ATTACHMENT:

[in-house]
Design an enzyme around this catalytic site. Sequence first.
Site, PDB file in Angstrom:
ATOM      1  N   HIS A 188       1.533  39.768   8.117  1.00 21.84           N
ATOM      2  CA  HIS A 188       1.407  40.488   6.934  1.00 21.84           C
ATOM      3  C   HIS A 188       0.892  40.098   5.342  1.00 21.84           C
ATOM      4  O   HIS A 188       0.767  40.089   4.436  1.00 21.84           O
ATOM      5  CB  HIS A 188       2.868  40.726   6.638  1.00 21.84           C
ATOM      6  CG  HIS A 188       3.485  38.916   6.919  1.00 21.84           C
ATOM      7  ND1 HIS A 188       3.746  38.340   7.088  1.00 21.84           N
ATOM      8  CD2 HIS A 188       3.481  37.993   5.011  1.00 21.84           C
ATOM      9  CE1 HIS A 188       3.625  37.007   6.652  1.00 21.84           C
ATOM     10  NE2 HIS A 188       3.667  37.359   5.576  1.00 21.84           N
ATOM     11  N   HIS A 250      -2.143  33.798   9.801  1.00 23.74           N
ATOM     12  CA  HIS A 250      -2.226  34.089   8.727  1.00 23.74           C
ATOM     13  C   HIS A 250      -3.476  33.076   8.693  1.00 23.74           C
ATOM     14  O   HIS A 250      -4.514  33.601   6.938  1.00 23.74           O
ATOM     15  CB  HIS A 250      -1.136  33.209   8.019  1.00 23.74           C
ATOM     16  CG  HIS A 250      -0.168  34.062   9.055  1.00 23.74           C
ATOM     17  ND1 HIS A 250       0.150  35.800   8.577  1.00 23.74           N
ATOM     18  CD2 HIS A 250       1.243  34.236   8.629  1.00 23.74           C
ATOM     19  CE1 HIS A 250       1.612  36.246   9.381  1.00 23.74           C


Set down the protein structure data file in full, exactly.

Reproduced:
[in-house]
Design an enzyme around this catalytic site. Sequence first.
Site, PDB file in Angstrom:
ATOM      1  N   HIS A 188       1.533  39.768   8.117  1.00 21.84           N
ATOM      2  CA  HIS A 188       1.407  40.488   6.934  1.00 21.84           C
ATOM      3  C   HIS A 188       0.892  40.098   5.342  1.00 21.84           C
ATOM      4  O   HIS A 188       0.767  40.089   4.436  1.00 21.84           O
ATOM      5  CB  HIS A 188       2.868  40.726   6.638  1.00 21.84           C
ATOM      6  CG  HIS A 188       3.485  38.916   6.919  1.00 21.84           C
ATOM      7  ND1 HIS A 188       3.746  38.340   7.088  1.00 21.84           N
ATOM      8  CD2 HIS A 188       3.481  37.993   5.011  1.00 21.84           C
ATOM      9  CE1 HIS A 188       3.625  37.007   6.652  1.00 21.84           C
ATOM     10  NE2 HIS A 188       3.667  37.359   5.576  1.00 21.84           N
ATOM     11  N   HIS A 250      -2.143  33.798   9.801  1.00 23.74           N
ATOM     12  CA  HIS A 250      -2.226  34.089   8.727  1.00 23.74           C
ATOM     13  C   HIS A 250      -3.476  33.076   8.693  1.00 23.74           C
ATOM     14  O   HIS A 250      -4.514  33.601   6.938  1.00 23.74           O
ATOM     15  CB  HIS A 250      -1.136  33.209   8.019  1.00 23.74           C
ATOM     16  CG  HIS A 250      -0.168  34.062   9.055  1.00 23.74           C
ATOM     17  ND1 HIS A 250       0.150  35.800   8.577  1.00 23.74           N
ATOM     18  CD2 HIS A 250       1.243  34.236   8.629  1.00 23.74           C
ATOM     19  CE1 HIS A 250       1.612  36.246   9.381  1.00 23.74           C